Following an education and advocacy push by SIA, legislators rejected by a 267-39 vote HB 1409, which would have prohibited any government agency or private entity in the state from using biometrics as part of identification cards " except for employee identification cards " and from requiring a person "to disclose or provide biometric data as a condition of doing business with, engaging in any business activity or relationship with, or obtaining services from, that agency or entity." Biometric data was defined in the bill to include everything from DNA to retinal scans to facial features to fingerprints.
"We are very pleased that New Hampshire residents will not be denied the use of this important security technology," SIA Director of Government Relations Don Erickson said. "This bill grew out of misperceptions regarding supposed threats to privacy, but biometrics can make people safer while, at the same time, protecting their identities. We thank the lawmakers who voted against the legislation for their support."
Erickson traveled to Concord, N.H., this week to meet with bill sponsor Rep. Neal Kurk, R-7th District, and other lawmakers before the vote. In addition, SIA in February submitted a statement to a legislative committee that reviewed the bill. That panel voted 11-6 to oppose the measure.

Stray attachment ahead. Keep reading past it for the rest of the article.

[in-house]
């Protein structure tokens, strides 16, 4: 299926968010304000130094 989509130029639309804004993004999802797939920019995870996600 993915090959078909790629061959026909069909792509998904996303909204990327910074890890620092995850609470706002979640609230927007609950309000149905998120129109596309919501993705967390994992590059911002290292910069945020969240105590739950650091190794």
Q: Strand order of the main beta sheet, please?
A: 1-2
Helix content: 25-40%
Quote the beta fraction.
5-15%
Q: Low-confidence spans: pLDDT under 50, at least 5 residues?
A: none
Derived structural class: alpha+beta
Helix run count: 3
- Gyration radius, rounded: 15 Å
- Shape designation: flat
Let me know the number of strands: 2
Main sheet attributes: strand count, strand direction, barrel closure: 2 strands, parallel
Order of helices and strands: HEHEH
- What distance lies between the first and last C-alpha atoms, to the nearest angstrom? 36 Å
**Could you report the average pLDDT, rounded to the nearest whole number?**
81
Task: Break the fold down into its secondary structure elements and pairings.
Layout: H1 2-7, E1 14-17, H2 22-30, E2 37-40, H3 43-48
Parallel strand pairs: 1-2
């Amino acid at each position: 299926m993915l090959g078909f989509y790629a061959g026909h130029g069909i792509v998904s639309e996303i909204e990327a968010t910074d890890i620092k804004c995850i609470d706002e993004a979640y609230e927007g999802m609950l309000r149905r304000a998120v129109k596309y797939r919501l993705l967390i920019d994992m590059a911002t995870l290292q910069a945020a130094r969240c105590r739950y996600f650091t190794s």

The Security Industry Association (www.siaonline.org) is the leading trade group for businesses in the electronic and physical security market. SIA protects and advances its members' interests by advocating pro-industry policies and legislation on Capitol Hill and throughout the 50 states; producing cutting-edge global market research; creating open industry standards that enable integration; advancing industry professionalism through education and training; opening global market opportunities; and providing sole sponsorship of the ISC Expos, the world's largest security trade shows and conferences.